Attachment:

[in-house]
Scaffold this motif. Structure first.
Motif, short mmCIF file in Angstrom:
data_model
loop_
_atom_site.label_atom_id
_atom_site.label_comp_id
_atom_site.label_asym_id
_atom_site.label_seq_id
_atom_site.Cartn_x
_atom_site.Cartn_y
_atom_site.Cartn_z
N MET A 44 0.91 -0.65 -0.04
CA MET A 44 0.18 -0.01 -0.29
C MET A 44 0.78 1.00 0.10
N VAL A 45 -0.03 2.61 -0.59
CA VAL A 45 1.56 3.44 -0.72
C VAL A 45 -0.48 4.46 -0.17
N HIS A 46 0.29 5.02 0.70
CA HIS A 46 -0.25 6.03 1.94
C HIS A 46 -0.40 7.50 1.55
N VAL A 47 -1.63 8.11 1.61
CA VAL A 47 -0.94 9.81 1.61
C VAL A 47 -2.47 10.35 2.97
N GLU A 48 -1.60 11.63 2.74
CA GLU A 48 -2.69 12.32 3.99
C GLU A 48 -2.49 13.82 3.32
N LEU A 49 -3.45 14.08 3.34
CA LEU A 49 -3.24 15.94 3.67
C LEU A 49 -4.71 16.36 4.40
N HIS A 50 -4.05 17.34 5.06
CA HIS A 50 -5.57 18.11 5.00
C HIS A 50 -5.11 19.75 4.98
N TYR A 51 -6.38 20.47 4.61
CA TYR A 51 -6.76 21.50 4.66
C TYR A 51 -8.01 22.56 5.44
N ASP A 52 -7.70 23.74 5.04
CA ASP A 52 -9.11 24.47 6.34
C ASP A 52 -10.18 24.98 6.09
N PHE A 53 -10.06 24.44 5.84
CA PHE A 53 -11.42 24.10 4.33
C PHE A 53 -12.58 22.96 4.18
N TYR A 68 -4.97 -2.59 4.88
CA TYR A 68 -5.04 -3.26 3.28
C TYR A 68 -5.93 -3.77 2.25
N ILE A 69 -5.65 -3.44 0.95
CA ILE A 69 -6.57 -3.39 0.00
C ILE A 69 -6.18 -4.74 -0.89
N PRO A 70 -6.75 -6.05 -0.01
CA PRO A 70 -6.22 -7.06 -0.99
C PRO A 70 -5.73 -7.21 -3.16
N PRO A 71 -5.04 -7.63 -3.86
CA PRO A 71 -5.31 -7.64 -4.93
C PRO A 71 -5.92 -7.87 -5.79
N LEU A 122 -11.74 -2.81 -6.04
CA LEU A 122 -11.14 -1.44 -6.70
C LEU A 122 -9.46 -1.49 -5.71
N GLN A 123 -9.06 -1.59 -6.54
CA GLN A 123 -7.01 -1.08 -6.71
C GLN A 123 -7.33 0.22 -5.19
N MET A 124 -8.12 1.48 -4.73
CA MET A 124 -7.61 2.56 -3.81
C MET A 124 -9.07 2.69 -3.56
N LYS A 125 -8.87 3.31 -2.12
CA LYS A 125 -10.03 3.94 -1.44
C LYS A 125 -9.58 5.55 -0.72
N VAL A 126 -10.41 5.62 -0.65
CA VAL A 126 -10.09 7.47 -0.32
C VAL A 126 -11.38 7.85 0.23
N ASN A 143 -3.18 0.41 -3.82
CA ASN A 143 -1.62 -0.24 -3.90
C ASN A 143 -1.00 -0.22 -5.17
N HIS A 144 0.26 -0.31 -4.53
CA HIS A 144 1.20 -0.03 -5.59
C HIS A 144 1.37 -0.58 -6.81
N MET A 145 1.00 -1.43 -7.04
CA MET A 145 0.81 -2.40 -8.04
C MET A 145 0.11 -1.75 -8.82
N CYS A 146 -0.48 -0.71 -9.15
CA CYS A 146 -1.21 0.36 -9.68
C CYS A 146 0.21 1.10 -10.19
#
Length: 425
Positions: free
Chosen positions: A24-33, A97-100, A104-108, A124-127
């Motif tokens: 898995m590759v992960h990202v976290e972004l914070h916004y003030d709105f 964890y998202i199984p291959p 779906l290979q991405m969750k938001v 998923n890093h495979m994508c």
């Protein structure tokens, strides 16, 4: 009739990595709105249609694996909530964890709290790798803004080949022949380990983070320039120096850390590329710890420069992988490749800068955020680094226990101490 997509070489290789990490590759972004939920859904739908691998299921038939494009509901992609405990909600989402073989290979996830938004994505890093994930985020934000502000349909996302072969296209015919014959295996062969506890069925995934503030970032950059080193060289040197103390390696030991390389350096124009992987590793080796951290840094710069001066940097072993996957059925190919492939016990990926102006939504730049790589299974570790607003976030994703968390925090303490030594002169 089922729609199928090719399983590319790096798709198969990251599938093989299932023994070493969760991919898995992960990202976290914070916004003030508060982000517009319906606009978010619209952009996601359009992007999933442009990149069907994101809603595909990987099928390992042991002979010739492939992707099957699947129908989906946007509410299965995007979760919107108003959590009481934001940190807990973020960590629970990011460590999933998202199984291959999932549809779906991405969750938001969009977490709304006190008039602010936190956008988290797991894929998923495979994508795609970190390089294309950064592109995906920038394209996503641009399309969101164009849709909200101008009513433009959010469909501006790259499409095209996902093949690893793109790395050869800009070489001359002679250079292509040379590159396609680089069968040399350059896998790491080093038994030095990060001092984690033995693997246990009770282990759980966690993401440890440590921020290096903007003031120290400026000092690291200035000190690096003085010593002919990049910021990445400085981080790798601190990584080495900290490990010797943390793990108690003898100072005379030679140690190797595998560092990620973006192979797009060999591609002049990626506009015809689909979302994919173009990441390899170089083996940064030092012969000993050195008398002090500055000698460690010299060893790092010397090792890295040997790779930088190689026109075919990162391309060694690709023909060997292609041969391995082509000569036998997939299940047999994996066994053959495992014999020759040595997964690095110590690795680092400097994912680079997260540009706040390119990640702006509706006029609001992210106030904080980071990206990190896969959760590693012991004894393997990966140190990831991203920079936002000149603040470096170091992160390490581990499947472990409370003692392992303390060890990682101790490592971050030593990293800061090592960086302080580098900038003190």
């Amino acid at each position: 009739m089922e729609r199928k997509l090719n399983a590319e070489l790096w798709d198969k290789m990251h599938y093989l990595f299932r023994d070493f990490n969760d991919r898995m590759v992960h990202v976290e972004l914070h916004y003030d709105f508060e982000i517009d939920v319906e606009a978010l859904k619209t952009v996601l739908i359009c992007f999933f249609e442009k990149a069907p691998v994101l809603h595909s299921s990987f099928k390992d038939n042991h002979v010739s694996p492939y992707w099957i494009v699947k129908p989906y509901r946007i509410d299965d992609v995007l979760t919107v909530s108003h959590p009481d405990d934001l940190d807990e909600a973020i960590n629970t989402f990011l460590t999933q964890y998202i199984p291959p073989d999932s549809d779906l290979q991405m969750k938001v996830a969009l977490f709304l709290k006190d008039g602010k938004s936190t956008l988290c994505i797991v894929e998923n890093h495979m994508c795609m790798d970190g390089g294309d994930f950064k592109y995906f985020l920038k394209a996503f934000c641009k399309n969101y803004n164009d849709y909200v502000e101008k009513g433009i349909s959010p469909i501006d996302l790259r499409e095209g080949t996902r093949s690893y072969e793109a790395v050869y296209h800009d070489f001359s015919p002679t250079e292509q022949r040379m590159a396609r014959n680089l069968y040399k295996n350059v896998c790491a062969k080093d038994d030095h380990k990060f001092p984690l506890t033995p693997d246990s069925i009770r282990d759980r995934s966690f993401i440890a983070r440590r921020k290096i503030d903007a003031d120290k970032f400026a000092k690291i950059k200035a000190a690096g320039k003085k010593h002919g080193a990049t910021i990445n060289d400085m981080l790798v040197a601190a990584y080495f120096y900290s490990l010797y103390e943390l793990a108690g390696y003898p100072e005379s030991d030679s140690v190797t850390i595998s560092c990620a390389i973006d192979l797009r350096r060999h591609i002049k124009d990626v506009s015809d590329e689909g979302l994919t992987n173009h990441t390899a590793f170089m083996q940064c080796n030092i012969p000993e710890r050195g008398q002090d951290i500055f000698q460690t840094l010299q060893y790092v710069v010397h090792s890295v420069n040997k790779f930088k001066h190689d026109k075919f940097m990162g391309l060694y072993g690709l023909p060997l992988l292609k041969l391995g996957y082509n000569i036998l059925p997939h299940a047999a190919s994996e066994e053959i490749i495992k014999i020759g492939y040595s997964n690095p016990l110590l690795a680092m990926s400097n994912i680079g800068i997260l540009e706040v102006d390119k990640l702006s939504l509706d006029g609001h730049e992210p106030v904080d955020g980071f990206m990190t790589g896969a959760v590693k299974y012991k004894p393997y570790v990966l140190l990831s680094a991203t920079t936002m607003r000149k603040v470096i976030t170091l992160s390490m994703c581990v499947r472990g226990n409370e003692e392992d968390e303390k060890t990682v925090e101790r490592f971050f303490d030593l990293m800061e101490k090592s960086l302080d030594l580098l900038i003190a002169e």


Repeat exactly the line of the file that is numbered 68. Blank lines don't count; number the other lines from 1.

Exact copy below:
CA VAL A 126 -10.09 7.47 -0.32